Algae which are considered as bacteria have a nucleus enclosed within a membrane and plastids bound in one or more membranes.
Algae are a very large and diverse group of simple, typically autotrophic organisms, ranging from unicellular to multicellular forms, such as the giant kelps that grow to 65 meters in length. Most are photosynthetic like plants, and 'simple' because their tissues are not organized into the many distinct organs found in land plants. The largest and most complex marine forms are called seaweeds. Though the prokaryotic cyanobacteria (commonly referred to as blue-green algae) were traditionally included as 'algae' in older textbooks, many modern sources regard this as outdated as they are now considered to be bacteria. The term algae is now restricted to eukaryotic organisms. All true algae therefore have a nucleus enclosed within a membrane and plastids bound in one or more membranes.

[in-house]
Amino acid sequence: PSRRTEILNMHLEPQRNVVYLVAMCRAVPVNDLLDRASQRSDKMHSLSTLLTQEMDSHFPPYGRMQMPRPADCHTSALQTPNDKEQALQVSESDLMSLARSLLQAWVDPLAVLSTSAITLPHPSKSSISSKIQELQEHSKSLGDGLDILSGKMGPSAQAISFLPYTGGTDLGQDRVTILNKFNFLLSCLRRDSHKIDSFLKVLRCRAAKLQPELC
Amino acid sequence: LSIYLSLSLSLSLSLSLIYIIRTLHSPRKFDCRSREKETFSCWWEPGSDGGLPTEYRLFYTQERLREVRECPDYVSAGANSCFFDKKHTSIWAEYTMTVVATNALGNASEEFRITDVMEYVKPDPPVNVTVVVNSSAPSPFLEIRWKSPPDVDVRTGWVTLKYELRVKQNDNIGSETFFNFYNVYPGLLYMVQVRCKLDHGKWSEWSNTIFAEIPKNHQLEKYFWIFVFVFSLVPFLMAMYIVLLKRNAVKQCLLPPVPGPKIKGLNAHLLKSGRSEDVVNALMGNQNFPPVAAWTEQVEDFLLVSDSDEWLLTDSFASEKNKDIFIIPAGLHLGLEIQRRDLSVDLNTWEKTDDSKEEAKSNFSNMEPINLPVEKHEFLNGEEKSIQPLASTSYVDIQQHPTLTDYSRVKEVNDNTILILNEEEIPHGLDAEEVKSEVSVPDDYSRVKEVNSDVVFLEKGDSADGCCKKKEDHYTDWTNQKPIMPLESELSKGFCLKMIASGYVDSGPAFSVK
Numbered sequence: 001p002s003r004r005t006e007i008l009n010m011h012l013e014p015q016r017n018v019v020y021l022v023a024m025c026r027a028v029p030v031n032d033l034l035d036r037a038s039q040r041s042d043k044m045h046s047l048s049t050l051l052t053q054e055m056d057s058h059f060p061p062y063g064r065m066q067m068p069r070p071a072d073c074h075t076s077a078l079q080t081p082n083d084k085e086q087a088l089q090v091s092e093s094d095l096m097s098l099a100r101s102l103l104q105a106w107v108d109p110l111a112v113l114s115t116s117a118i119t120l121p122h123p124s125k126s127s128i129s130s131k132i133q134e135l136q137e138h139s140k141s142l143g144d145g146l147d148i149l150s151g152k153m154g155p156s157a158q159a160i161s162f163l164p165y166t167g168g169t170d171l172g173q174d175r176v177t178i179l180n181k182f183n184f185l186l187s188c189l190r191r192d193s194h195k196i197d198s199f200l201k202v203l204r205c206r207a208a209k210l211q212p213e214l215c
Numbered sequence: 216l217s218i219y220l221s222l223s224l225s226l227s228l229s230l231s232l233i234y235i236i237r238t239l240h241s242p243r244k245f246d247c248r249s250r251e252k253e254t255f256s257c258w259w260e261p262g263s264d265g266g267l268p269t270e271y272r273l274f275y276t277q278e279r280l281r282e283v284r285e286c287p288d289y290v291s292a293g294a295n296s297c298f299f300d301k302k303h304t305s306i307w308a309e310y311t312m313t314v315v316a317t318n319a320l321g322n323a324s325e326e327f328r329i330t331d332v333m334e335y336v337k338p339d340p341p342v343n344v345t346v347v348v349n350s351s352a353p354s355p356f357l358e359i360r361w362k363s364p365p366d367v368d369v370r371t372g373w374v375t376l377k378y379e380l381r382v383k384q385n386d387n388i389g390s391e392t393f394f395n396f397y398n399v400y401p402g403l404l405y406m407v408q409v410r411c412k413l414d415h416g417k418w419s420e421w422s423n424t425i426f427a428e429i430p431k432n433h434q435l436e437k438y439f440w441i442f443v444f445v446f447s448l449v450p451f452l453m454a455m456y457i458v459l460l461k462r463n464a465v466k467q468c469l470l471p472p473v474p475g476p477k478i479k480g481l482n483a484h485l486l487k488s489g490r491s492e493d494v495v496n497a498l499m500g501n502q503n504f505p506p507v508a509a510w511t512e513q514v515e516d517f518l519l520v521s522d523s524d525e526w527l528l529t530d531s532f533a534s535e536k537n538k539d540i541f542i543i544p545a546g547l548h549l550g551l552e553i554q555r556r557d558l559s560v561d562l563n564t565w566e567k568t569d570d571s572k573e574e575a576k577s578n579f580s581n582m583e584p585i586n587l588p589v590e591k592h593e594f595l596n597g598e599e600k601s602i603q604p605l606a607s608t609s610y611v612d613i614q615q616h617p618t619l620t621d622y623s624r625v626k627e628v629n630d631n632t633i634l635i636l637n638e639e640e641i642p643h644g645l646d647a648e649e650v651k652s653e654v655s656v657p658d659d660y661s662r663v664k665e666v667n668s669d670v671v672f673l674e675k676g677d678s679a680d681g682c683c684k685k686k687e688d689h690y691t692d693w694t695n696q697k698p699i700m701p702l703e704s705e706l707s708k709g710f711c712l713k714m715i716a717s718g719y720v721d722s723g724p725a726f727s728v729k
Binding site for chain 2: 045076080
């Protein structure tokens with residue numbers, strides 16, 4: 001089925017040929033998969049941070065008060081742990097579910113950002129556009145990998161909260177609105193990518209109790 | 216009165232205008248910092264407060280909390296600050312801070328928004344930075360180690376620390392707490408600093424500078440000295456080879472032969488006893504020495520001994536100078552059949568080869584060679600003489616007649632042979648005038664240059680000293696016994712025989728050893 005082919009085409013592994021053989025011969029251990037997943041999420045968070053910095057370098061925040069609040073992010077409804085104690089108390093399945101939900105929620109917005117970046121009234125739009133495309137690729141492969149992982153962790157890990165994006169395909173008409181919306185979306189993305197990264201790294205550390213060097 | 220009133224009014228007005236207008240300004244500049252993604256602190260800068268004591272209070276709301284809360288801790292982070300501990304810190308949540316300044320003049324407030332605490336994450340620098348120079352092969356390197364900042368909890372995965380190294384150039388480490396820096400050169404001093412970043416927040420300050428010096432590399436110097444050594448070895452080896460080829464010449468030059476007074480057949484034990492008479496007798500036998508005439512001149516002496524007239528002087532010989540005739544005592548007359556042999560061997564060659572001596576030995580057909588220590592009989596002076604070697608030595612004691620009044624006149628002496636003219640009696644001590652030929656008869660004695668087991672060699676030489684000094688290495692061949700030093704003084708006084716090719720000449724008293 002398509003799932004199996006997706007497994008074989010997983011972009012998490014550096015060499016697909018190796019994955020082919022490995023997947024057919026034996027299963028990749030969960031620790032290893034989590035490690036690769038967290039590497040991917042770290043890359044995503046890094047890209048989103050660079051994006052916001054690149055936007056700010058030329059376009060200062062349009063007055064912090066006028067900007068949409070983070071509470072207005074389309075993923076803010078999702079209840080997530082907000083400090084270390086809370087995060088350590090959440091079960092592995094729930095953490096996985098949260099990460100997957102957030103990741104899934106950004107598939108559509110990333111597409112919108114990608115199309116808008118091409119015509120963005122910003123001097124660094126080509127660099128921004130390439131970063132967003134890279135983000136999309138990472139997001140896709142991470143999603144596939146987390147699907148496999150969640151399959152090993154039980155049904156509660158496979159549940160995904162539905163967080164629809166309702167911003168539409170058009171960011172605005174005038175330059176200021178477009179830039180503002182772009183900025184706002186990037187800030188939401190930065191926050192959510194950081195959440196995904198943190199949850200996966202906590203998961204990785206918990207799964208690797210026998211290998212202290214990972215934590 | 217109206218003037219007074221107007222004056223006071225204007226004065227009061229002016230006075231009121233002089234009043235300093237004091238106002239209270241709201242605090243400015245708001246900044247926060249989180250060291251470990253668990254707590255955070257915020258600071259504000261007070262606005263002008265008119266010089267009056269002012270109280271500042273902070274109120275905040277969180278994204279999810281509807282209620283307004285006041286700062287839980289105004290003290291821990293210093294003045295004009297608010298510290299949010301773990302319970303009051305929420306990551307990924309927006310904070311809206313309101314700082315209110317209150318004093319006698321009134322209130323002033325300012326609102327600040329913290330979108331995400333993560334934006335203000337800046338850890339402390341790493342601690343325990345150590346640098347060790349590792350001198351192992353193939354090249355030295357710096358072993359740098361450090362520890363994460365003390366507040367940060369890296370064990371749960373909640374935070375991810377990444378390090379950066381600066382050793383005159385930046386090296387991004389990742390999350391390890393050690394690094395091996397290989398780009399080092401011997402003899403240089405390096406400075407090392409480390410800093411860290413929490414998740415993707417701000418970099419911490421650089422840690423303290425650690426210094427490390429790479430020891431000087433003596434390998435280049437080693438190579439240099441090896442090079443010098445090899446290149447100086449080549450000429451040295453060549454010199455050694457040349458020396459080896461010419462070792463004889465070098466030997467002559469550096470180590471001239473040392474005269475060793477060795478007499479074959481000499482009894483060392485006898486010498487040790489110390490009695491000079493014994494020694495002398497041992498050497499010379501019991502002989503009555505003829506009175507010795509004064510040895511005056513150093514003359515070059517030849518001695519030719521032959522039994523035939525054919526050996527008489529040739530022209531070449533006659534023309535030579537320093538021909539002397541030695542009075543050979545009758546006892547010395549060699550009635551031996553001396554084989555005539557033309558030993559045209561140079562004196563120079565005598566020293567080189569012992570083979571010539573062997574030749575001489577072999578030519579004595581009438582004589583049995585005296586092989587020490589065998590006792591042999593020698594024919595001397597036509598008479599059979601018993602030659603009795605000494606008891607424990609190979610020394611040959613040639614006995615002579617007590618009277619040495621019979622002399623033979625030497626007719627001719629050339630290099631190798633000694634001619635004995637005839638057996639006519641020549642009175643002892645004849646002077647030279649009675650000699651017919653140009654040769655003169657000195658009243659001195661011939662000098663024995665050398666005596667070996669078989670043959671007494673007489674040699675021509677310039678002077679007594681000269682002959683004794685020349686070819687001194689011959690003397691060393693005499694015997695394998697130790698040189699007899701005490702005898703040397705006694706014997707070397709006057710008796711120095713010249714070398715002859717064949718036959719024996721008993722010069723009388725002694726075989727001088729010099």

Contributions by 220.127.116.11, 18.104.22.168, and Marshman.